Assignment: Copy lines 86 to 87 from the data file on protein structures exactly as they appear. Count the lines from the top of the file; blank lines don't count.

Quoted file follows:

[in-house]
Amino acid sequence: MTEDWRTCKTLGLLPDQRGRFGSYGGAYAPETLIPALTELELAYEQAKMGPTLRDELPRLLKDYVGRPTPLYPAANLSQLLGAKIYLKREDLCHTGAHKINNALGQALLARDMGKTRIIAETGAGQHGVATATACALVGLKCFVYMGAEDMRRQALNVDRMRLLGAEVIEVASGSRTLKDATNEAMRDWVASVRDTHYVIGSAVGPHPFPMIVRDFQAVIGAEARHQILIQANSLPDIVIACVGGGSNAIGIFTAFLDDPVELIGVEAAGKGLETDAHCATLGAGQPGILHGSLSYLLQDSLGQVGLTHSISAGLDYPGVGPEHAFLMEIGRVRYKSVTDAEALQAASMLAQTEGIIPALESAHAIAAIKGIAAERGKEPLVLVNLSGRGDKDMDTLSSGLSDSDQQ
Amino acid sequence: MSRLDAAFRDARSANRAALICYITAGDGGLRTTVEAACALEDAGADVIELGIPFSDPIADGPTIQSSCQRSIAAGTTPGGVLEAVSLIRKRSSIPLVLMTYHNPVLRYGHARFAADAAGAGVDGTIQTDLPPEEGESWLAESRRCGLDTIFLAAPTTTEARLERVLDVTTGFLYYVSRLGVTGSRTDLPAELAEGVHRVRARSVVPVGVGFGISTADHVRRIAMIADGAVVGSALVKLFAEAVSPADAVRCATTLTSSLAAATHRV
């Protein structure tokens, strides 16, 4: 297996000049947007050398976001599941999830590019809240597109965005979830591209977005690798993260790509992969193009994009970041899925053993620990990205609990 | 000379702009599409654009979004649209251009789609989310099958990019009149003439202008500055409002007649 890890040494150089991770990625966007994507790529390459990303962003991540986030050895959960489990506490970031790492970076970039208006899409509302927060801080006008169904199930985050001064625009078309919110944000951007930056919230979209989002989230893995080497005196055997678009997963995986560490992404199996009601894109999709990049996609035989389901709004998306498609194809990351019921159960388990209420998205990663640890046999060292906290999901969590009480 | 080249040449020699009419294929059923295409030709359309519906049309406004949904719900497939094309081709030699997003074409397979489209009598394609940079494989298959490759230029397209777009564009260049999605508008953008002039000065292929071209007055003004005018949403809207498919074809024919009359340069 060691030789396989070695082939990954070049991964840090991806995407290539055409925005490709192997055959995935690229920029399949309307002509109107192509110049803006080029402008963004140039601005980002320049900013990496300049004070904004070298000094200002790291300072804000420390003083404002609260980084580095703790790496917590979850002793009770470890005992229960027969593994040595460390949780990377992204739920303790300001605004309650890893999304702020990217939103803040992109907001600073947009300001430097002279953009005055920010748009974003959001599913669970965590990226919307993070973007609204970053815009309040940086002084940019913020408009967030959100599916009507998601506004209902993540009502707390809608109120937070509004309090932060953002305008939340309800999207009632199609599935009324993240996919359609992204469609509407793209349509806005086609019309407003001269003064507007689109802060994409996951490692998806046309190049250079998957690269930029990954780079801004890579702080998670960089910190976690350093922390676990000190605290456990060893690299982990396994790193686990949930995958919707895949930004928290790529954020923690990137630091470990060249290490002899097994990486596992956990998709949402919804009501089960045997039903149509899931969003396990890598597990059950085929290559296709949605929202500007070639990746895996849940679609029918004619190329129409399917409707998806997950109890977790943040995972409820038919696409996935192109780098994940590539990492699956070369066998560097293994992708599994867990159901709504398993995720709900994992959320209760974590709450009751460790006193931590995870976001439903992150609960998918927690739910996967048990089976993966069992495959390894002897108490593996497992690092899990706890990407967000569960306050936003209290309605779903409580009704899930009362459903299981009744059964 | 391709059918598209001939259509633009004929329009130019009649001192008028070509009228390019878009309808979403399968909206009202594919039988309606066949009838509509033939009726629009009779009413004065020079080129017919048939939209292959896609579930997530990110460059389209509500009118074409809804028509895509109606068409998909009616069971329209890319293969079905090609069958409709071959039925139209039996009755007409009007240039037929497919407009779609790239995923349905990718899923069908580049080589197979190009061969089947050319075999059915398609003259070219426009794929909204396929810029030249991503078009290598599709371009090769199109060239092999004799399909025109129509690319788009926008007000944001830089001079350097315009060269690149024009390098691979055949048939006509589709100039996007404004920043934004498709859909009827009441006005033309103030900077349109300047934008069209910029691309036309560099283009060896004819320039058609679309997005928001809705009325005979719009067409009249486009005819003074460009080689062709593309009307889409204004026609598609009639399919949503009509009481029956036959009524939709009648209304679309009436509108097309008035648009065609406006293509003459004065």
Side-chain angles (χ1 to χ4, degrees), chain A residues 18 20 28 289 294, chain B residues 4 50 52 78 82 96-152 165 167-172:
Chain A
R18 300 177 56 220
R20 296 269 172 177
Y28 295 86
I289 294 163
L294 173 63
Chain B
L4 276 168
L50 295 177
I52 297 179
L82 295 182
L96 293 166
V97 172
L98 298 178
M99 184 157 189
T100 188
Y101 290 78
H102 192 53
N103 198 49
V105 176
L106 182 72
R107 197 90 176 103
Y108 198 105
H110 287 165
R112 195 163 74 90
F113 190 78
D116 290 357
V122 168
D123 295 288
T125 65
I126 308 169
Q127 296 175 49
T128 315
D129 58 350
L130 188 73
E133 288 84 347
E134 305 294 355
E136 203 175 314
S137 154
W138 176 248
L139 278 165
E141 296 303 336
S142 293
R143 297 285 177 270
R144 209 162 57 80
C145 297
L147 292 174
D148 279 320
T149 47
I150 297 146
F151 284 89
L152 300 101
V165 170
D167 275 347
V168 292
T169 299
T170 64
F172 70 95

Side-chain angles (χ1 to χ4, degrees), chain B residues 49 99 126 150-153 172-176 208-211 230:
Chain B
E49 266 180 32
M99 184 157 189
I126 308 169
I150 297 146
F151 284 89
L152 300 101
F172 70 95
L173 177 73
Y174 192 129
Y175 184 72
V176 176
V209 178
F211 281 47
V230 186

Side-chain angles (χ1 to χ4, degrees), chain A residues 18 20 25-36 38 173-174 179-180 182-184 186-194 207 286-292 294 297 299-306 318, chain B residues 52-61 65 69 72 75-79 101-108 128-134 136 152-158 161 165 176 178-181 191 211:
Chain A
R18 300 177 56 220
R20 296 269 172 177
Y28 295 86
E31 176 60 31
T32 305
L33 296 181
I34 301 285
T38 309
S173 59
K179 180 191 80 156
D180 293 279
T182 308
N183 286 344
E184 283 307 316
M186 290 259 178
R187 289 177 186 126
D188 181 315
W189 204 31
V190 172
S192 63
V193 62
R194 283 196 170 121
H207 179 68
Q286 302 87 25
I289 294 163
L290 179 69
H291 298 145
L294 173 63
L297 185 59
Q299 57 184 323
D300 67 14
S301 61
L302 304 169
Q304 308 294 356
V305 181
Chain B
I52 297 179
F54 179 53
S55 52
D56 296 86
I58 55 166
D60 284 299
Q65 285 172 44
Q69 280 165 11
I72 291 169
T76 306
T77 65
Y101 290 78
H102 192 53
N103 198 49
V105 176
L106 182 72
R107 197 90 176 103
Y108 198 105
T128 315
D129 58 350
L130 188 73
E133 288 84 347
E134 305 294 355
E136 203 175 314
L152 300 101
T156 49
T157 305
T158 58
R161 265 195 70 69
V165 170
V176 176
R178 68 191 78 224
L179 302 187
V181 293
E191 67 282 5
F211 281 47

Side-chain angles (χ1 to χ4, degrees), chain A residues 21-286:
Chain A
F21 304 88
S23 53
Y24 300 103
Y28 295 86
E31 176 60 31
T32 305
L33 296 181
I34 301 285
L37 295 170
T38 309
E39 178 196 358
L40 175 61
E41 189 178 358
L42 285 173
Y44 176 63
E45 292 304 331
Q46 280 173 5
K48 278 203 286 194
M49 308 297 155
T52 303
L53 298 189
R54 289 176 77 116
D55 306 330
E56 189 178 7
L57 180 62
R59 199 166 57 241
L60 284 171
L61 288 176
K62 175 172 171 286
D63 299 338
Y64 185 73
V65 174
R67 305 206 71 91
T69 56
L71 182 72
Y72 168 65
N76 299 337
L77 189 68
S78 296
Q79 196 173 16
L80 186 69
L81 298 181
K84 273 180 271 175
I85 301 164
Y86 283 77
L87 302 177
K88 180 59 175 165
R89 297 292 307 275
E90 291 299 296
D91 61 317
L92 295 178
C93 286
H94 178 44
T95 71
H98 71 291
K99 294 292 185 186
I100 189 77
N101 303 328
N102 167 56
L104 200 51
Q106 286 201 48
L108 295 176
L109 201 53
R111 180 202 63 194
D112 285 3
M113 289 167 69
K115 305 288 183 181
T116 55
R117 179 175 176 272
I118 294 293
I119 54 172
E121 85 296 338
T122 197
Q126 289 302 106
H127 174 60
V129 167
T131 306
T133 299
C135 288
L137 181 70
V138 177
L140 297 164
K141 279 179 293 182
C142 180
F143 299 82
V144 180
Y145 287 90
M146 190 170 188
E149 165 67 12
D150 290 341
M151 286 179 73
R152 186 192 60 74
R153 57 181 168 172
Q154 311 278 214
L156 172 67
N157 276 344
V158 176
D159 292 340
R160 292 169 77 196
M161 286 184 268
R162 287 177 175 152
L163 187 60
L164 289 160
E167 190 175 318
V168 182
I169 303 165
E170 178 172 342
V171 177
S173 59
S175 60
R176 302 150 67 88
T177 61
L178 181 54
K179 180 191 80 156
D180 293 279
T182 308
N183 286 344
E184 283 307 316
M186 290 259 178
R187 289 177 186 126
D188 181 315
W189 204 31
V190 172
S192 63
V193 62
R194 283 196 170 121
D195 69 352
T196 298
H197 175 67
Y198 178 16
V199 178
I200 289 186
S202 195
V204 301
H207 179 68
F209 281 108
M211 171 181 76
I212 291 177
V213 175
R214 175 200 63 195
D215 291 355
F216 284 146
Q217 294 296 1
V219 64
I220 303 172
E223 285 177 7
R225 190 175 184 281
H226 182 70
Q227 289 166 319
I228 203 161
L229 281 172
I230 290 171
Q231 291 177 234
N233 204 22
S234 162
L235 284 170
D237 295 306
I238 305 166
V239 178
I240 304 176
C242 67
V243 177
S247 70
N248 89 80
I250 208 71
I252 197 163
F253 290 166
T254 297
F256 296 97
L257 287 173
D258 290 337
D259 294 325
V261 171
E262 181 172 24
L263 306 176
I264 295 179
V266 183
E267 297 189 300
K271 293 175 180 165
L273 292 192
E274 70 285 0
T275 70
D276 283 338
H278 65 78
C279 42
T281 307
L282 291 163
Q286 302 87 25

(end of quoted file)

T32 305
L33 296 181